The tiny country of Belgium has 13 Unesco World Heritage sites, including the only museum, The Plantin Moretus Museum in Antwerp, to hold that distinction.
With 13 Unesco World Heritage sites, Belgium is 20th on the list of countries with the most Unesco World Heritage sites.
Below is a list of Unesco World Heritage sites in Belgium, with links to posts about the ones we've visited.
There are a total of 56 belfries in Northern France and Belgium that are jointly inscribed on the Unesco World Heritage List. We saw a few of them in Ghent, Bruges, and Antwerp along the long drive we took through Belgium. It was convenient for us to stop in Mons at lunchtime and have a couple of sausages and tramp up a hill to get to this one. Obviously it's a later example as it could be described as Baroque in style (while others date all the way back to the Romanesque or Early Gothic periods. According to the literature, many towns built belfries or town halls as a celebration of the advent of their civil liberties and increased independence from a central government dominated by the church, kings, and capital cities.
- Belfries of Belgium and France (1999,2005)
- Flemish Béguinages (1998)
The city center of Bruges, Belgium does not disappoint with its myriad views of its distinctive architecture.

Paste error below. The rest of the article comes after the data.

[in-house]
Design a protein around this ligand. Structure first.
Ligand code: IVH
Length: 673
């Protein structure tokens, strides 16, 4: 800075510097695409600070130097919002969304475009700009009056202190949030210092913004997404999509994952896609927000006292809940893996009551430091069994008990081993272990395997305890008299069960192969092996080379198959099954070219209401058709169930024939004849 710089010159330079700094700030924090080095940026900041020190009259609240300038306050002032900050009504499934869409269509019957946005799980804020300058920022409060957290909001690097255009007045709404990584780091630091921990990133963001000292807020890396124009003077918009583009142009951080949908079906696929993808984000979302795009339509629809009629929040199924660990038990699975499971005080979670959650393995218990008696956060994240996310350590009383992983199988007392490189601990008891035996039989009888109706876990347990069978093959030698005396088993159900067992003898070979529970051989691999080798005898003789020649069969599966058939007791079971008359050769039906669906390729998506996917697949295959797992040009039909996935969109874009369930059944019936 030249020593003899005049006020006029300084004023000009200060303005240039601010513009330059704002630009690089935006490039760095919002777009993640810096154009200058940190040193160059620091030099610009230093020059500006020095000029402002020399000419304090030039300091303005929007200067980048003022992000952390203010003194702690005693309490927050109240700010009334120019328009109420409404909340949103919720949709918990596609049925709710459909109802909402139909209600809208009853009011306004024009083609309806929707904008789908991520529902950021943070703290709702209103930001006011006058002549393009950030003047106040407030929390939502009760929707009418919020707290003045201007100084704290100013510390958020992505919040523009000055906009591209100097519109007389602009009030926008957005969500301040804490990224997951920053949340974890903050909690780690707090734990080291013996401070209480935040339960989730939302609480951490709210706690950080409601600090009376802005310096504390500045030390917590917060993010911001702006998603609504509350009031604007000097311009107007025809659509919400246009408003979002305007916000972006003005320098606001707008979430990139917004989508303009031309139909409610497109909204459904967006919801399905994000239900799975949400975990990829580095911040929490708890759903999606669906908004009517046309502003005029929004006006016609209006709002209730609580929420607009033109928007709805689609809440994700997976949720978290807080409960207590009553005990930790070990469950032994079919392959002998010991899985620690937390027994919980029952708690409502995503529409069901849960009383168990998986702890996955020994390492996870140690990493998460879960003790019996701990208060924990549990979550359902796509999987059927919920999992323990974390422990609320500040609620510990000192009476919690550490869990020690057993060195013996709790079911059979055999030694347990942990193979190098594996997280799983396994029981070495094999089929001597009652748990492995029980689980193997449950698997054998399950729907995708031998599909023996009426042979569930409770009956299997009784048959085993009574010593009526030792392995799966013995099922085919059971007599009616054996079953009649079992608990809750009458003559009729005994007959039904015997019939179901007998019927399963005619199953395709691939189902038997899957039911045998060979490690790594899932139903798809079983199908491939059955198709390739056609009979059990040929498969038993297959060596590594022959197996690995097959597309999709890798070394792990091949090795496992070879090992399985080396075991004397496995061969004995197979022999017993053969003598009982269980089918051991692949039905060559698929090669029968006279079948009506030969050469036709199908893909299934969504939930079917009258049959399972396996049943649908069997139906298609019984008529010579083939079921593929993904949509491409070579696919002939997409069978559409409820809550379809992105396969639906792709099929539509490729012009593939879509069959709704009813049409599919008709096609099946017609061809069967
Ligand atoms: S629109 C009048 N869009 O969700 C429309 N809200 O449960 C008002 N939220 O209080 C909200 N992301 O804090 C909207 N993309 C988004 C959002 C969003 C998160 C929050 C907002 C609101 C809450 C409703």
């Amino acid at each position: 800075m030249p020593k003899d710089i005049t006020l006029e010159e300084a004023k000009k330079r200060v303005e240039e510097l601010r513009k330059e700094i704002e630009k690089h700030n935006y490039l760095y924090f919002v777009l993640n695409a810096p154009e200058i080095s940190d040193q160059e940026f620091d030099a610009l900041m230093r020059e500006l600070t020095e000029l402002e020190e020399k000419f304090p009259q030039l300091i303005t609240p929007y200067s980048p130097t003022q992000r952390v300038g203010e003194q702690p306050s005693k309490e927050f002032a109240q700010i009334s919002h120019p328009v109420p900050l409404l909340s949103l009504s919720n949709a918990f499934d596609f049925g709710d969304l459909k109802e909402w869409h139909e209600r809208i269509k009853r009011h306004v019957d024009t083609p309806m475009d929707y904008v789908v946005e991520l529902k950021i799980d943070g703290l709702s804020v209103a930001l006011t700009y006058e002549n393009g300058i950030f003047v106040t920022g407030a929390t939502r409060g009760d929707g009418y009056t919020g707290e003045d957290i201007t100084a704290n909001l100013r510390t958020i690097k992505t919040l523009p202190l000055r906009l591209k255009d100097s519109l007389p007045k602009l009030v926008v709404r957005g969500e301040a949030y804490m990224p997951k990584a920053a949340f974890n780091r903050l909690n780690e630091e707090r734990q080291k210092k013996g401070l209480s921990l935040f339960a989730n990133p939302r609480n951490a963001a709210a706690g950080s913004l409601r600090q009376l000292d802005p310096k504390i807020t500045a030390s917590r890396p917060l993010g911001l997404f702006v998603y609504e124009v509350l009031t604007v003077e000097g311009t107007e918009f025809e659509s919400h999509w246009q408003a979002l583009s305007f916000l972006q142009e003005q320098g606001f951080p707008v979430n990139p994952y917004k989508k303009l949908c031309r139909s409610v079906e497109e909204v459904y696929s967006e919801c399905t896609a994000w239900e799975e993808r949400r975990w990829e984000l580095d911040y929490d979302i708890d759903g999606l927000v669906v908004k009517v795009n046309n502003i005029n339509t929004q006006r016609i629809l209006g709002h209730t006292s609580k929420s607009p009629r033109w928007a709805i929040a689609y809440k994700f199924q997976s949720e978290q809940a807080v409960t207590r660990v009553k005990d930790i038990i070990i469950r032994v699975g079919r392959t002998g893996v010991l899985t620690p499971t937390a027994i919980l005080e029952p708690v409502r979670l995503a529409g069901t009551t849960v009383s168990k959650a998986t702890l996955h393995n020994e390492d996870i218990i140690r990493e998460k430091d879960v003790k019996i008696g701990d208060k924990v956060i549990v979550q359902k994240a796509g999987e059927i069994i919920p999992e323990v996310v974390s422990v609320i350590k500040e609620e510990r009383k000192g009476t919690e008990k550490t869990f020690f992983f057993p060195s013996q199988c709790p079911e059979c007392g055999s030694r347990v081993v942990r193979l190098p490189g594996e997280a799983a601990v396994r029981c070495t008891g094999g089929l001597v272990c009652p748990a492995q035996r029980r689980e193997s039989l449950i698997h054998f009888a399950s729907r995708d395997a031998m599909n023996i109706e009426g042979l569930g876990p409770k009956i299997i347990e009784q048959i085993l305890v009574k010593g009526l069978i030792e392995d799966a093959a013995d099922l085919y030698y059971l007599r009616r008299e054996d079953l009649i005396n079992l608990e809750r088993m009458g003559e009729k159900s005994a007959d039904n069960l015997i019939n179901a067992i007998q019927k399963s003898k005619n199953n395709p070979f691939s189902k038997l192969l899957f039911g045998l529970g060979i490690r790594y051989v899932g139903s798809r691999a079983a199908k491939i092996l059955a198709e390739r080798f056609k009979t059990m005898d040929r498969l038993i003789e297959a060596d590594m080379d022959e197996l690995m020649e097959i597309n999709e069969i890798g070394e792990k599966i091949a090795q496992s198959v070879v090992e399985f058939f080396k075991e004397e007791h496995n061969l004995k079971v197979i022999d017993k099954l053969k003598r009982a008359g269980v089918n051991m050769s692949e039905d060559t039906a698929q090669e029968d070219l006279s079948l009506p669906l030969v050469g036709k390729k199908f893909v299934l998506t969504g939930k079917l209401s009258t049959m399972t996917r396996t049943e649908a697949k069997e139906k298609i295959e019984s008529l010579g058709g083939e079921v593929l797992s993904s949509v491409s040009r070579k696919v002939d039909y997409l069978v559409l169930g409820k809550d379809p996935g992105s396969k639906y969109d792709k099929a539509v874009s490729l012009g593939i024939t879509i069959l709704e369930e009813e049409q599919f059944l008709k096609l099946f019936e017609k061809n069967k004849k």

- Historic Centre of Brugge (2000)
- La Grand-Place, Brussels (1998)
- Major Mining Sites of Wallonia (2012)
- Major Town Houses of the Architect Victor Horta (Brussels) (2000)
- Neolithic Flint Mines at Spiennes (Mons) (2000)
- Notre-Dame Cathedral in Tournai (2000)
- Plantin-Moretus House-Workshops-Museum Complex (2005)
- Stoclet House (2009)
- The Architectural Work of Le Corbusier, an Outstanding Contribution to the Modern Movement (2016)
There are a series of four hydraulic boat lifts on the Central Canal of Belgium. These 19th and early 20th Century feats of engineering allowed a connection between the Meuse and the Scheldt rivers, which were separated by 66 meters of elevation. The lifts operate in tandem. One side goes up while the other goes down as a counter weight. This is the lift at Houdeng-Goegnies, the first of the four. It opened in 1888. The others opened in 1917, while World War I raged nearby. We drove down the canal for a while, and saw two more lifts, but didn't persist to the final one. We were there in the early spring, and, according to one guy in a shop near here, the shipping season hadn't started yet. They were named to the Unesco World Heritage list in 1998. I wish we could have seen one in action.
- The Four Lifts on the Canal du Centre and their Environs, La Louvière and Le Roeulx (Hainaut) (1998)
- Ancient and Primeval Beech Forests of the Carpathians and Other Regions of Europe (2007,2011,2017)
We have visited Unesco World Heritage sites in more than 30 countries. We're working on a list of all the sites we have visited, which you can see here.
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